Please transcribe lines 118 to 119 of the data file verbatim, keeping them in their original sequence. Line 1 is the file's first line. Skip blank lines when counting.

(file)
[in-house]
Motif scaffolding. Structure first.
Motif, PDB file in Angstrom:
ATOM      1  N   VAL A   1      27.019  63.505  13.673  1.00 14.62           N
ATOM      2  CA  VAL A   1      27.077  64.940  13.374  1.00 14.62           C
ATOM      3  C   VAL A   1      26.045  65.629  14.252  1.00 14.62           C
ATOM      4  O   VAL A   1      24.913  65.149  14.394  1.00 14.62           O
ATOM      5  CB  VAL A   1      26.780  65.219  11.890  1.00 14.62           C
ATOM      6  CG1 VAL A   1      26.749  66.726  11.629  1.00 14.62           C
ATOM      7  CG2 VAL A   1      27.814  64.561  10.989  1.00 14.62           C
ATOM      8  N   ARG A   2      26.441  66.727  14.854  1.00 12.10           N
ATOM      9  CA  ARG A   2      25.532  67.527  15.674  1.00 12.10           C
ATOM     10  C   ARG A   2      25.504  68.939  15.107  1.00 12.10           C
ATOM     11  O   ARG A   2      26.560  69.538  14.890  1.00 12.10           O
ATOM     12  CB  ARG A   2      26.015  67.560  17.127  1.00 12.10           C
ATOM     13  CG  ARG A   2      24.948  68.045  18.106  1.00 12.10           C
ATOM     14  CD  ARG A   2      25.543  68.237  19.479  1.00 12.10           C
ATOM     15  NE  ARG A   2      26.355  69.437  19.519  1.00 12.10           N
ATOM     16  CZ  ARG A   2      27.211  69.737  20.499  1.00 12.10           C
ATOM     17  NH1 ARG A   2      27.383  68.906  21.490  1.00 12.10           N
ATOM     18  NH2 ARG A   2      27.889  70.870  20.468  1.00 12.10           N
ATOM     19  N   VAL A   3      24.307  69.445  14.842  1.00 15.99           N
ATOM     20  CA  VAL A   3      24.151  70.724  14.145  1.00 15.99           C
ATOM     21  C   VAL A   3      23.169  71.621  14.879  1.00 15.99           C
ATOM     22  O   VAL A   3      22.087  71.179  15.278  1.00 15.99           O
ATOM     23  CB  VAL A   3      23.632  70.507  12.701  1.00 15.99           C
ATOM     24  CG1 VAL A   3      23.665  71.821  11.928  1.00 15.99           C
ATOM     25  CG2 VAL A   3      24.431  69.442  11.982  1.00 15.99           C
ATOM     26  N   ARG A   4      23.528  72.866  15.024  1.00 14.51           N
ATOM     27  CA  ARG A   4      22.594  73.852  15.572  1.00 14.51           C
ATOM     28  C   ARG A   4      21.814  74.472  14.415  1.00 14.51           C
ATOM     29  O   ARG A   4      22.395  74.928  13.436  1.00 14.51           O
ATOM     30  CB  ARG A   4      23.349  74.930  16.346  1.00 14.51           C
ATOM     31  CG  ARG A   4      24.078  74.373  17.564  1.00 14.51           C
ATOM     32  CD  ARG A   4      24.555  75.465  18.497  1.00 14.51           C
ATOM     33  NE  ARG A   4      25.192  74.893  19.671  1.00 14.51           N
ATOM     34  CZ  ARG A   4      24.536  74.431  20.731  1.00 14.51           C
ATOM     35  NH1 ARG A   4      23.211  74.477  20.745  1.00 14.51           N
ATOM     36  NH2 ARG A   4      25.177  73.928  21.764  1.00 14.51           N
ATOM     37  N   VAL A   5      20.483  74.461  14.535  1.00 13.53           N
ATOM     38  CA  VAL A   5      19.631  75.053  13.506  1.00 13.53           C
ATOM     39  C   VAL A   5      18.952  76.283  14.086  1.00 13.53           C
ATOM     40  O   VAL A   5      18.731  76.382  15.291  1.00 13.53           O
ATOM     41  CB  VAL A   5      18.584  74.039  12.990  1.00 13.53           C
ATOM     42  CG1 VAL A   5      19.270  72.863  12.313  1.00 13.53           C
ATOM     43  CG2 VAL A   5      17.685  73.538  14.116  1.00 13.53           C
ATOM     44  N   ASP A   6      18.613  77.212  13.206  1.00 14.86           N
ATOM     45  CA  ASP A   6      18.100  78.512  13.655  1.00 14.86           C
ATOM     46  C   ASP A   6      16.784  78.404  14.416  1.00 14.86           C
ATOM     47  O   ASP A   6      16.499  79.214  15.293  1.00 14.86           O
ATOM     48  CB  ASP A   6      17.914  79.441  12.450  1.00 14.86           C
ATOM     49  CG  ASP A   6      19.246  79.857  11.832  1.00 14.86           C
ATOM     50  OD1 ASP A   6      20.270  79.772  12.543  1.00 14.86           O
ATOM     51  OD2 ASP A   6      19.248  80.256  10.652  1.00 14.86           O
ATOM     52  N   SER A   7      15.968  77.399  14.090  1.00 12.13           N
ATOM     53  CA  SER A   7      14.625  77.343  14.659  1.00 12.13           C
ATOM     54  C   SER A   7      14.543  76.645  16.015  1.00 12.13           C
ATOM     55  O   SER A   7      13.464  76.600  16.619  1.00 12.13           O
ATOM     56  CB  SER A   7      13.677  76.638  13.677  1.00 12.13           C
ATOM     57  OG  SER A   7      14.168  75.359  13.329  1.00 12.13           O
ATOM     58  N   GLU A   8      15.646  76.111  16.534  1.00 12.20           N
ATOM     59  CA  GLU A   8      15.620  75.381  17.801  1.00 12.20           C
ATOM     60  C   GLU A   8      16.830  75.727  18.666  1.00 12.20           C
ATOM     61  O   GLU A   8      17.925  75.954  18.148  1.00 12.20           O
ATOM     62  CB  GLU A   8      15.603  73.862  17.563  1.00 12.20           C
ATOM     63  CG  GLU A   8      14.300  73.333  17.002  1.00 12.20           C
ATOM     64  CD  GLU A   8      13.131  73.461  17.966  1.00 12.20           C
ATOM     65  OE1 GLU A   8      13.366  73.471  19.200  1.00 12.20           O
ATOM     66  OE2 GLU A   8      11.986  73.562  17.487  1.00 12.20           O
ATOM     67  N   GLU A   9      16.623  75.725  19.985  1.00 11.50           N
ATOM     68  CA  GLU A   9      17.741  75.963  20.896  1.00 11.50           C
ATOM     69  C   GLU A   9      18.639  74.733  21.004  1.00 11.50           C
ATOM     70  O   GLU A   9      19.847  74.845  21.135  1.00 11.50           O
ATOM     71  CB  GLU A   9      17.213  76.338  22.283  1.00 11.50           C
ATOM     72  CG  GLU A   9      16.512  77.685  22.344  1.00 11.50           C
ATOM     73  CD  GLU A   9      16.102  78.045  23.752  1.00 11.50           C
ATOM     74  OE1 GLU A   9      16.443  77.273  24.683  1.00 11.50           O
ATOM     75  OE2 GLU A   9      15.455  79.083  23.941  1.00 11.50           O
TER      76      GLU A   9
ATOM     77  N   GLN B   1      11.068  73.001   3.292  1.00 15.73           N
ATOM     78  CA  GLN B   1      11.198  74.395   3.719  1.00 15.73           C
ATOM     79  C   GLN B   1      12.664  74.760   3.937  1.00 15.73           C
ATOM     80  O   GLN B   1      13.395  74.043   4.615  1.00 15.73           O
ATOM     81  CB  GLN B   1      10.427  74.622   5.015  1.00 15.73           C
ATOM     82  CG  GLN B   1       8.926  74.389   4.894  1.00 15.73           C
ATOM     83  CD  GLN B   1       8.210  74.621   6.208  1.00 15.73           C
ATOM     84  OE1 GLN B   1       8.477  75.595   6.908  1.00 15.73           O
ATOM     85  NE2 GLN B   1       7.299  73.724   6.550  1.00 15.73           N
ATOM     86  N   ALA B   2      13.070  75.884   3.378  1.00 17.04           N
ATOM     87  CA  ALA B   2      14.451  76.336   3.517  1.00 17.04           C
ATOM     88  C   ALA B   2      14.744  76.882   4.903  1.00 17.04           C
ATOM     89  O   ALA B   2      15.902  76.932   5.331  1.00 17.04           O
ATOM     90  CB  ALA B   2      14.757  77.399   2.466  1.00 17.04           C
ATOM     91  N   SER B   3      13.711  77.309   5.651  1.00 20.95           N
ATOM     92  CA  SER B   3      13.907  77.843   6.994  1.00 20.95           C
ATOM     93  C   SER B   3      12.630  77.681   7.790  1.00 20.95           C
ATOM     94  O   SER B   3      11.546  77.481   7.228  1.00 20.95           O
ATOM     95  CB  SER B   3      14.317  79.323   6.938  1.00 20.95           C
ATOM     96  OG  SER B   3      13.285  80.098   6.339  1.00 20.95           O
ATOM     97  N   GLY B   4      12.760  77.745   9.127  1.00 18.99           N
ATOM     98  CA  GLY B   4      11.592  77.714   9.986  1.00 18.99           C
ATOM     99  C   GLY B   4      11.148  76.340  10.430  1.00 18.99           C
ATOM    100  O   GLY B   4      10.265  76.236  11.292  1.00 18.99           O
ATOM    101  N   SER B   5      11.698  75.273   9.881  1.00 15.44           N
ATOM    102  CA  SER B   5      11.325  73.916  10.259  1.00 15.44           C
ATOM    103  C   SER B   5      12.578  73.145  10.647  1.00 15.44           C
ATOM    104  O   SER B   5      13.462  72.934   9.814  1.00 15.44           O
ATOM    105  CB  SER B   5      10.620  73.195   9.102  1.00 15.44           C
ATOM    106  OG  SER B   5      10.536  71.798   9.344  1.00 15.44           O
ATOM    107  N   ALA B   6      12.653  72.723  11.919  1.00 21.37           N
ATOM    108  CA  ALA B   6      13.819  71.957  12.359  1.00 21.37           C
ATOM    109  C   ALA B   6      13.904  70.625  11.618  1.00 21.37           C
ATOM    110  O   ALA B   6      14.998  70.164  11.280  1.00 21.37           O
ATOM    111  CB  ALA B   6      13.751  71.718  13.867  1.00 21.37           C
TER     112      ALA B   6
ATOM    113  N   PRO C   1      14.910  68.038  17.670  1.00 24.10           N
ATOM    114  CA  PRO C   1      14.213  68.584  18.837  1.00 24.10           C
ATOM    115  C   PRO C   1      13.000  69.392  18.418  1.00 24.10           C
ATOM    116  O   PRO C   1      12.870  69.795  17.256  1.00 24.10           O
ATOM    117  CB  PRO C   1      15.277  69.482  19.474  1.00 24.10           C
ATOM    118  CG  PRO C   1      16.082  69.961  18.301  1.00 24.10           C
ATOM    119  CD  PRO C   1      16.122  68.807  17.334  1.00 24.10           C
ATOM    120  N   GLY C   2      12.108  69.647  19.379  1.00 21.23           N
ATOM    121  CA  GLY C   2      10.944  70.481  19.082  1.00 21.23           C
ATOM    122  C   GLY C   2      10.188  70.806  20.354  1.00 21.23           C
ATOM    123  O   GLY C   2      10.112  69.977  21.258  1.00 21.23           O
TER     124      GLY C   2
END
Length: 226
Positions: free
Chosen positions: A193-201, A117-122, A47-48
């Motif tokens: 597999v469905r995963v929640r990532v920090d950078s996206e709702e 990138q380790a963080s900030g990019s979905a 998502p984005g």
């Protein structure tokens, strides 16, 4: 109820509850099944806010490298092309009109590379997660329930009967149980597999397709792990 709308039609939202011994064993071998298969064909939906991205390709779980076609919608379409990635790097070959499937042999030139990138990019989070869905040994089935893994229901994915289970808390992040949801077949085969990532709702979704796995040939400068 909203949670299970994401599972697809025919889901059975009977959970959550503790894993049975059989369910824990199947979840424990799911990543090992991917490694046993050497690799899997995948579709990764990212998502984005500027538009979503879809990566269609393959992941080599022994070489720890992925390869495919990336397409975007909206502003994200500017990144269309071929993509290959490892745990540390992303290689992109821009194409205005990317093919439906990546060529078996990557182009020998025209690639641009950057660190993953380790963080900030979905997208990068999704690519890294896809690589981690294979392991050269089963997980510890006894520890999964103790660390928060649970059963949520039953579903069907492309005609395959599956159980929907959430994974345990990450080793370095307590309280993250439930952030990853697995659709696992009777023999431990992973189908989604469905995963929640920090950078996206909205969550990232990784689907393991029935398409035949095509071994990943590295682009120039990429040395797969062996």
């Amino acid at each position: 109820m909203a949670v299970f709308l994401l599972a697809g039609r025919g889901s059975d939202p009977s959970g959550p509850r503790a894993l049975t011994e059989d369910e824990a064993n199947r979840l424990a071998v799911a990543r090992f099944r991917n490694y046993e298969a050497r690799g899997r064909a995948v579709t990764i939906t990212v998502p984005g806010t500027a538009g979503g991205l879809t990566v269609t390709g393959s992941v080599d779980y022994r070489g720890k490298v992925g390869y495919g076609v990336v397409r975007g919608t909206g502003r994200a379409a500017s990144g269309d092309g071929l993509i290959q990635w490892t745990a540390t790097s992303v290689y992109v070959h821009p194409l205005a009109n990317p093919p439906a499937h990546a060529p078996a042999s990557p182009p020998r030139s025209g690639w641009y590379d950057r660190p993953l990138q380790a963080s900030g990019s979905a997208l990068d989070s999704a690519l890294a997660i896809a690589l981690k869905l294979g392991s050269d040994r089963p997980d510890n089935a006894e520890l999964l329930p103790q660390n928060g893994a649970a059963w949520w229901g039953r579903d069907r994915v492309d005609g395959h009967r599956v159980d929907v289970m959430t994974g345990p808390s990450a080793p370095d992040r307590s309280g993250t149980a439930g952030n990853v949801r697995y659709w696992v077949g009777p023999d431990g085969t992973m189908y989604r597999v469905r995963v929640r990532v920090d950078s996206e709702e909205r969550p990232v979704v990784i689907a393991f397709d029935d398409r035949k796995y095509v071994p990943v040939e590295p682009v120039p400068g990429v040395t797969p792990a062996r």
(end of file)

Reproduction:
ATOM    115  C   PRO C   1      13.000  69.392  18.418  1.00 24.10           C
ATOM    116  O   PRO C   1      12.870  69.795  17.256  1.00 24.10           O